Hitler's Germany and the coming of the Second World War

Essay by davermUniversity, Bachelor'sA-, April 2007

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There has been much debate regarding the causes and responsibility for the origin of the Second World War. Following the declaration of the Allied victory in 1945, popular opinion placed responsibility solely on the shoulders of the defeated Axis, particularly Nazi Germany and its Fuhrer, Adolf Hitler. A more removed examination of the international situation, however, reveals the European nations’ unwillingness to provoke another conflict also contributed to WWII.

Hitler’s ascent to power began with Germany’s defeat in the First World War. Having had its imperial aspirations crushed, combined with the economic consequences of the Treaty of Versailles, Germany’s national pride had suffered a serious blow. The “War Guilt Clause” only served to further injure German national pride. Already unhappy with the German government, popular support for the nationalistic Nazi Party grew as the Party tailored its public image to cater to the German people’s injured national pride.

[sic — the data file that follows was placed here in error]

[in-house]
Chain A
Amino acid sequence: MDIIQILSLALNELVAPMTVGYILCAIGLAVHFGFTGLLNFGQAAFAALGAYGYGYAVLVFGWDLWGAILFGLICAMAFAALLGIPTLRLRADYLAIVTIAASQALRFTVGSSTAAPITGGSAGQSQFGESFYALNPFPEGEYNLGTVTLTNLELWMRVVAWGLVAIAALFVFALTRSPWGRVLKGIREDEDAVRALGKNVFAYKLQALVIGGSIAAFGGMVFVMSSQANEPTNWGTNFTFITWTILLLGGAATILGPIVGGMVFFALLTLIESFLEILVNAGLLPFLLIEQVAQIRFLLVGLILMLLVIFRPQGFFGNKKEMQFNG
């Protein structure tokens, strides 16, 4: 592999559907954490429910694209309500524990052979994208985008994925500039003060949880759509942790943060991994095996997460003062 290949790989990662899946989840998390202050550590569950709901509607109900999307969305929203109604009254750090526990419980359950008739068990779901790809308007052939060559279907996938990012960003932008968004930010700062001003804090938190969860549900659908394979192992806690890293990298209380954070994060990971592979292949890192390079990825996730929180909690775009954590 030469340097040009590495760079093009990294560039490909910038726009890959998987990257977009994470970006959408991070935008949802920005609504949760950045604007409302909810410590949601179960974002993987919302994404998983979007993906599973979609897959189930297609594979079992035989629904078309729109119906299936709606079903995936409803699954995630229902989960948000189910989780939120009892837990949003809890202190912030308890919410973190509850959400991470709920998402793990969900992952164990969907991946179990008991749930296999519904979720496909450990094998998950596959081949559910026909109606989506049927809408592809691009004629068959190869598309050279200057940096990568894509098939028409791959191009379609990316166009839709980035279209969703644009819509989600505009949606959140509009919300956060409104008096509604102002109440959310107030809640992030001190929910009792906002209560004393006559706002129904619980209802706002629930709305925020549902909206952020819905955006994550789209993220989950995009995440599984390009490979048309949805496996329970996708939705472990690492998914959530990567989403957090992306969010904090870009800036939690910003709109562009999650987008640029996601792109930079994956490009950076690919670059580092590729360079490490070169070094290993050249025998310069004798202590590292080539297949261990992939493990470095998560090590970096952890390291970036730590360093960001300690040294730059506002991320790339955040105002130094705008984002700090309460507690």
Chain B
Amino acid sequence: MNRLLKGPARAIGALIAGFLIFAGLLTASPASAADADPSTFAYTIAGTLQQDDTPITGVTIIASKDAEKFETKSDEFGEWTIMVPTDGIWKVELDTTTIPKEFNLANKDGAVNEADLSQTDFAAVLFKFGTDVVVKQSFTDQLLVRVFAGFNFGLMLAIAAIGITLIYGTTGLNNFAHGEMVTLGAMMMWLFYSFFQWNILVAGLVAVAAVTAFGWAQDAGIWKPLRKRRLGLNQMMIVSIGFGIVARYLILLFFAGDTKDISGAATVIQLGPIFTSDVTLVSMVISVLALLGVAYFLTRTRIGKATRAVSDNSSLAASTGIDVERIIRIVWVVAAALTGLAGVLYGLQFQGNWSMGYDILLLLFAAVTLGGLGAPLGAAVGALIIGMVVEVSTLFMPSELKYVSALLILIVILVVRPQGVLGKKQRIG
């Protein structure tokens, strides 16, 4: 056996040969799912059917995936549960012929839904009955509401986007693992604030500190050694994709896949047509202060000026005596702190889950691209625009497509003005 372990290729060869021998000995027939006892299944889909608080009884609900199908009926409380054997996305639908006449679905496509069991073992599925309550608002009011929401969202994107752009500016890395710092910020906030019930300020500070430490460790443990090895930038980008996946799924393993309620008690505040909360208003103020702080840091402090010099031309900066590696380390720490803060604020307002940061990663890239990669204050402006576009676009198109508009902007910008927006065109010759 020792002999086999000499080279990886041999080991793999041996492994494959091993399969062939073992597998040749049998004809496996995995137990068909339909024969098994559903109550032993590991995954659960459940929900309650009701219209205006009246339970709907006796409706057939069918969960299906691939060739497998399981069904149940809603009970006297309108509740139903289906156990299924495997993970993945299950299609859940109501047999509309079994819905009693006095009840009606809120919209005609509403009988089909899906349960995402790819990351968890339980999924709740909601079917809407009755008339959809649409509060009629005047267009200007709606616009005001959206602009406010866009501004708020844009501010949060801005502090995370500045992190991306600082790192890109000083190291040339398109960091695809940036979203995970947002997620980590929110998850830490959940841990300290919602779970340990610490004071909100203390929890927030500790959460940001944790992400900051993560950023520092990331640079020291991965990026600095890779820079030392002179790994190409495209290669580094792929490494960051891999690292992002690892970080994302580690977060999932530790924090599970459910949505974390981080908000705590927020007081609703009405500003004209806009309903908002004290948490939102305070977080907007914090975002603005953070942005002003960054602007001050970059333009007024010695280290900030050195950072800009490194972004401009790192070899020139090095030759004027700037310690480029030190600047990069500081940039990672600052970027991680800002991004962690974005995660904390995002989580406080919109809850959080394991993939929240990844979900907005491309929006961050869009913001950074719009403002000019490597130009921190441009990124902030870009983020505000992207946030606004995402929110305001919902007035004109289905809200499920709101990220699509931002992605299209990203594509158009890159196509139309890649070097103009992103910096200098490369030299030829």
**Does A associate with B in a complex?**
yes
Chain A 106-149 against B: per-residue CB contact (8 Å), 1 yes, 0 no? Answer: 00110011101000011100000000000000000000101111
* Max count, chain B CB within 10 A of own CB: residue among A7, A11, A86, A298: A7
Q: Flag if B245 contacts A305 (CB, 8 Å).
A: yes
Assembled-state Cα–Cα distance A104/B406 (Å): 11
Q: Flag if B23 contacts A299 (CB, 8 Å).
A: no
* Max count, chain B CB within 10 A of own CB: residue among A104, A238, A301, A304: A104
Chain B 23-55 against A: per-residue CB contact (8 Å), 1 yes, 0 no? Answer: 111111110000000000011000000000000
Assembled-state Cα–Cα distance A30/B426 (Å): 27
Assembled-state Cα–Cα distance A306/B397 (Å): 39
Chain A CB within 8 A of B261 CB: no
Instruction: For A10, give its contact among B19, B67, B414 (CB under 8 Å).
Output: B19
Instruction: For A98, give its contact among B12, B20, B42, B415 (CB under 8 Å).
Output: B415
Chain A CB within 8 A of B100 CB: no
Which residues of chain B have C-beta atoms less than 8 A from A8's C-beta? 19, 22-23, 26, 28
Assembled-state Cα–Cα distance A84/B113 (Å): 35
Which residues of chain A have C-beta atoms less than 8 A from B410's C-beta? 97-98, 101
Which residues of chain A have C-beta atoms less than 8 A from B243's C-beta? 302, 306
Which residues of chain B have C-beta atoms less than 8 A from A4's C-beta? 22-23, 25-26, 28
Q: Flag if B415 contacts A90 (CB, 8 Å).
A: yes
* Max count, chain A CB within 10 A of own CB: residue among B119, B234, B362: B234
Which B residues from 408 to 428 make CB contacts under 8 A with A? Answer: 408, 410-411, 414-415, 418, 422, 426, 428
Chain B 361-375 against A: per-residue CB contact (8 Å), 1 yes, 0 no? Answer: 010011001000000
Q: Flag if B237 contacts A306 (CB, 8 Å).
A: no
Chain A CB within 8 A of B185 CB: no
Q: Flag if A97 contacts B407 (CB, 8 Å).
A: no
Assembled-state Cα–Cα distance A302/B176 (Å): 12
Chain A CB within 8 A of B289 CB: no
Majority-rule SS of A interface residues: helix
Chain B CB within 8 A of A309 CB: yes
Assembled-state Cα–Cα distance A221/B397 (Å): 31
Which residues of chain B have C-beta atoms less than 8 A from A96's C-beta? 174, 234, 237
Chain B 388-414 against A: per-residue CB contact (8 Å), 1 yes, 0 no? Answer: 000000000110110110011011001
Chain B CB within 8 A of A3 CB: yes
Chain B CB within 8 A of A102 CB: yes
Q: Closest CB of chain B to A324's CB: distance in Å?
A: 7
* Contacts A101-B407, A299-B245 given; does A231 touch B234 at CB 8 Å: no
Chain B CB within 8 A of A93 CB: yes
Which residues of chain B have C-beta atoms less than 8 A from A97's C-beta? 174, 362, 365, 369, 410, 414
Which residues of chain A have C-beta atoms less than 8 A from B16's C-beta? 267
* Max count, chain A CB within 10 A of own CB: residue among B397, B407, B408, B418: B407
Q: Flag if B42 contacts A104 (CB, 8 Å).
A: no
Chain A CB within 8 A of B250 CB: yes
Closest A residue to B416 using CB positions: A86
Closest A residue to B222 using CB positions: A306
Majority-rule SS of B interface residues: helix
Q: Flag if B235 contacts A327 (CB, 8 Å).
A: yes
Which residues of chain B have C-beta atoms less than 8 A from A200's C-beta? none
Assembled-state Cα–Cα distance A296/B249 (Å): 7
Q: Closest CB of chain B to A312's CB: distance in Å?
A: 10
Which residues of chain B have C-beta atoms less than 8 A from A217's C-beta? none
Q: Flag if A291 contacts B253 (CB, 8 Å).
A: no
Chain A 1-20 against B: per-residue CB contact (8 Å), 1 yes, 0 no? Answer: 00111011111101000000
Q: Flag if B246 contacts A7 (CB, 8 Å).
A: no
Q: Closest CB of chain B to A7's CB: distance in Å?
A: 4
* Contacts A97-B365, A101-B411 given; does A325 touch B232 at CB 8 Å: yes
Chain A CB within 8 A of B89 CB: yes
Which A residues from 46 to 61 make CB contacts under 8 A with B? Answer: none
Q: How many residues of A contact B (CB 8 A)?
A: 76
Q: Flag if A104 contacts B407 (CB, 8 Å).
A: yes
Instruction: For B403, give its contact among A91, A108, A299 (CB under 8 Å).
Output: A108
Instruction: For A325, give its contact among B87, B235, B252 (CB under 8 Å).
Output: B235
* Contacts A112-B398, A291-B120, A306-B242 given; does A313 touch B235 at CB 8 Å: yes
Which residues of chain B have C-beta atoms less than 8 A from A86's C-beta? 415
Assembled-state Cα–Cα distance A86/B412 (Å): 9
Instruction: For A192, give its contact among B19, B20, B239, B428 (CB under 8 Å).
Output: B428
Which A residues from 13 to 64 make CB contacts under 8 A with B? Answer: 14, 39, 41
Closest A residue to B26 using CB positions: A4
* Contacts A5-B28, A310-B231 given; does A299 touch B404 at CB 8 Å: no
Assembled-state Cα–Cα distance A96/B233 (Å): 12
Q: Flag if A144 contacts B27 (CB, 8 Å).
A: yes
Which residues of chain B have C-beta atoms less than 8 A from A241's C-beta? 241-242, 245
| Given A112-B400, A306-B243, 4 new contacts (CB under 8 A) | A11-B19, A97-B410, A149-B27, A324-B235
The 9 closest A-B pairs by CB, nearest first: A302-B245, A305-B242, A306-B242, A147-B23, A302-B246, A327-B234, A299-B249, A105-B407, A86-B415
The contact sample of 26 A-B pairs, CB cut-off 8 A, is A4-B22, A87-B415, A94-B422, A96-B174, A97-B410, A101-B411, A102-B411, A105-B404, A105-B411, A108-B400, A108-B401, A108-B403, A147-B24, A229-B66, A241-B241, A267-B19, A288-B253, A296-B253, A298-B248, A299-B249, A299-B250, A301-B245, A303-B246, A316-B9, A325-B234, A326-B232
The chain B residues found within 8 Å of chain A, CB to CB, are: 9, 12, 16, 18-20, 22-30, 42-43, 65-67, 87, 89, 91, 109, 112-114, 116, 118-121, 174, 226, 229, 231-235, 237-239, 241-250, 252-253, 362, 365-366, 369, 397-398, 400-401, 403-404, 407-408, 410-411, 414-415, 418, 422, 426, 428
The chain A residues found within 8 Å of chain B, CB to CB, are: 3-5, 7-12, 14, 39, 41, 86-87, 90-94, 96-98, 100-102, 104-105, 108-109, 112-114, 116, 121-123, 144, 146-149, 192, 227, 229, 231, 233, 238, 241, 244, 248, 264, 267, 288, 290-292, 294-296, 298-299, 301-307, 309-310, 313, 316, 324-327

The Nazi Party’s political agenda was helped when the global market crashed on October 29th, 1929.

The still-recovering German economy was extremely vulnerable to global financial fluctuations, due to its reliance on foreign capital and trade. Popular opinion, manipulated carefully by Nazi propaganda, turned against the struggling German democratic government. When elections were called, the Nazis were able to win an unprecedented 107 seats in the German Parliament, (Reichstag) making them its second largest party.

Although popular support for the Nazi party was growing, when presidential elections were called in 1932, Hitler lost both the original and run-off elections to incumbent President Hindenberg. However, after much political tumult and careful manipulation, Hitler orchestrated his appointment as Chancellor on January 30th, 1933. A rapid succession of events following his appointment as leader solidified his control over Germany. The Reichstag fire, the passing of laws making opposition illegal and finally Hindenberg’s death cumulated in...